RightNOW Women PAC: Volunteer organization helping to elect qualified women to federal office.
Run for Something: Program to support people under age 35 who want to run for office. Connects qualified people to training organizations, and provides staff and funding to worthy candidates. They have a database of campaign training programs at local, state, and national levels available on their candidate resources page.
Running Start: Non-partisan movement to train young women to run for elected office.
She Should Run: A 501(c)3 to encourage women from all backgrounds to run for office. This website offers free, online courses for women to gain the leadership skills necessary for running for office.
Truman National Security Project: Offers a free online course on how to run for office.
Veterans Campaign: hosts training workshops to train veterans to run for public office. Also offers a MA in Public Leadership through the University of San Francisco.
VOICES of Conservative Women: holds run-for-office training for conservative women interested in public office.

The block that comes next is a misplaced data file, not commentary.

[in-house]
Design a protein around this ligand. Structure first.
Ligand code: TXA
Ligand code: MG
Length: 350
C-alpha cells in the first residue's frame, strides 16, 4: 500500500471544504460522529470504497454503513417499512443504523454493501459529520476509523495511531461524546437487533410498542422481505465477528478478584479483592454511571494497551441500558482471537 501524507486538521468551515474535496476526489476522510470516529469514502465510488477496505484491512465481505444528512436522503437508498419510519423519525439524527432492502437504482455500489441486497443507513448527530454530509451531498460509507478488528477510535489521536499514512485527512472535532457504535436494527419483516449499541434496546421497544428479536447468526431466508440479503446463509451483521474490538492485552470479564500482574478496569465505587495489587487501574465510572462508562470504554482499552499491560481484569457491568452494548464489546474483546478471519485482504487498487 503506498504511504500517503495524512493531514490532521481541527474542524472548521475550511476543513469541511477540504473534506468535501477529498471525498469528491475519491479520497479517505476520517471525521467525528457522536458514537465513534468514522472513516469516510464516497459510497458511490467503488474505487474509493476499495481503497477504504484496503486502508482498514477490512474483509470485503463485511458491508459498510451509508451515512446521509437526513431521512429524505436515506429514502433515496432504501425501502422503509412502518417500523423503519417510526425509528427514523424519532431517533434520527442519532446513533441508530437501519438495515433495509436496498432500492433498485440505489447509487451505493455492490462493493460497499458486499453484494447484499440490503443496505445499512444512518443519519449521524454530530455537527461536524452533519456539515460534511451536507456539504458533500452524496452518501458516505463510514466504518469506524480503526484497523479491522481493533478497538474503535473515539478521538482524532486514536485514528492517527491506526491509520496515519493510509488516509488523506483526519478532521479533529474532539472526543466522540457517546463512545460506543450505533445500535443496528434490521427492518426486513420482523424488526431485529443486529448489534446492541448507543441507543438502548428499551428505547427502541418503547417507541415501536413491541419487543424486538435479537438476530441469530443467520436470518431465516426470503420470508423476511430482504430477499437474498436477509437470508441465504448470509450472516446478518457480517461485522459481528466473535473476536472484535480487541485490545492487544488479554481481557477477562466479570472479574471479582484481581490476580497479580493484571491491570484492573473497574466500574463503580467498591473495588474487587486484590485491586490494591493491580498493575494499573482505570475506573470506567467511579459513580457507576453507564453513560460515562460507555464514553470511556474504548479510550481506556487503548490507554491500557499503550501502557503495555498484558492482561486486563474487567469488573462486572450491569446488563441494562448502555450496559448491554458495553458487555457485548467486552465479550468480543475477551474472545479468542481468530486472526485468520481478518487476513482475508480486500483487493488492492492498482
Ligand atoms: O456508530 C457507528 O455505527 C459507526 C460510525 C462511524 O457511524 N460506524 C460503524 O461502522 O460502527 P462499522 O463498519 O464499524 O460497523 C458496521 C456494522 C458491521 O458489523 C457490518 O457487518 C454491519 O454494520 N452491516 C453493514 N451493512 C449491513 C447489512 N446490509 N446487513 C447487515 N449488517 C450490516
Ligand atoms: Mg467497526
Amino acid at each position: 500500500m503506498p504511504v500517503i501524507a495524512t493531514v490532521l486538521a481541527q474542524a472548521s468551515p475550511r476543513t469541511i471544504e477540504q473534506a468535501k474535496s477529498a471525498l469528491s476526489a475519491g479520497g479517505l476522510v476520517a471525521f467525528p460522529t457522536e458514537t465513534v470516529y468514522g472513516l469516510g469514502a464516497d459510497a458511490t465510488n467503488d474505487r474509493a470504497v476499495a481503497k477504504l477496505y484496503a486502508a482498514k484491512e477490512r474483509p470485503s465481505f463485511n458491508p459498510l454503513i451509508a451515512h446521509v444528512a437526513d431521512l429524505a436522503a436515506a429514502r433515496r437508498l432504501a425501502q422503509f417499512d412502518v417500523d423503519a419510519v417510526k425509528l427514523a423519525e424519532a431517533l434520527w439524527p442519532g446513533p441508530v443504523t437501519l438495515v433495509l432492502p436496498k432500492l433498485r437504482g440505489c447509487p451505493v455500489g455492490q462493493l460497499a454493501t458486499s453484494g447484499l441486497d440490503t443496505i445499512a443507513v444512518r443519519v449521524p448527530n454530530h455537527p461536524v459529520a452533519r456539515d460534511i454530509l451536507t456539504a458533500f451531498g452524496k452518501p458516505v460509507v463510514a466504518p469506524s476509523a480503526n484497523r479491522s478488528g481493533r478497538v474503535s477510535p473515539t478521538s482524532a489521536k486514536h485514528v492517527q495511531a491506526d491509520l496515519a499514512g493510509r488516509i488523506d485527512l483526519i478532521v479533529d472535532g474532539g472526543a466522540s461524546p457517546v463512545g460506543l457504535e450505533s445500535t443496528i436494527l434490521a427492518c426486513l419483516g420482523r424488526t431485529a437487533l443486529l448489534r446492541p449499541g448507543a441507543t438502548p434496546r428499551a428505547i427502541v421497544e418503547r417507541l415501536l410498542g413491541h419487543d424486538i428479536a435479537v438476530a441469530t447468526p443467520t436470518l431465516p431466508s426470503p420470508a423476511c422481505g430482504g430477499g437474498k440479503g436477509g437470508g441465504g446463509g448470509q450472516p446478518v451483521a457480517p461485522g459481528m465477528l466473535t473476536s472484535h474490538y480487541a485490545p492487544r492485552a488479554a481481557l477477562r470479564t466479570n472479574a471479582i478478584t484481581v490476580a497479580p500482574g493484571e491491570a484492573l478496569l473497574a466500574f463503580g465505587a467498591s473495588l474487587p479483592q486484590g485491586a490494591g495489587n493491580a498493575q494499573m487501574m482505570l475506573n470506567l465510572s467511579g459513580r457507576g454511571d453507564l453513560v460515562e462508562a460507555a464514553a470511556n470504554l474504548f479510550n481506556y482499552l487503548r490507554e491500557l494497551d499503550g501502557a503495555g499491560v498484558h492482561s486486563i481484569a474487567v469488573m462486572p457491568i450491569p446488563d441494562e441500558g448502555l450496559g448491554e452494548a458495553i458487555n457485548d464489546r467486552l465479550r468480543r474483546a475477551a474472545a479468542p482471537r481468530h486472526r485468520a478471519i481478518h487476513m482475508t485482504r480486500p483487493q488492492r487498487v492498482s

Vote Run Lead: offers online resources and in-person training to women interested in running for office.
WeLead: Run by American University, WeLead is a four-day intensive training that addresses campaigns and elections, communication and message development, fundraising, public policy and government relations, and professional development.
Winning for Women: A 501c4 dedicated to identifying and creating paths forward for women leaders who share core values of economic freedom and strong national security.
Wisconsin Progress: An organization dedicated to training progressive candidates and recruiting candidates throughout Wisconsin.
Women’s Public Leadership Network: Nonpartisan organization providing “knowledge and resources to make running for elected office and engaging in the political process more accessible” for women, including webinar series on civic engagement topics.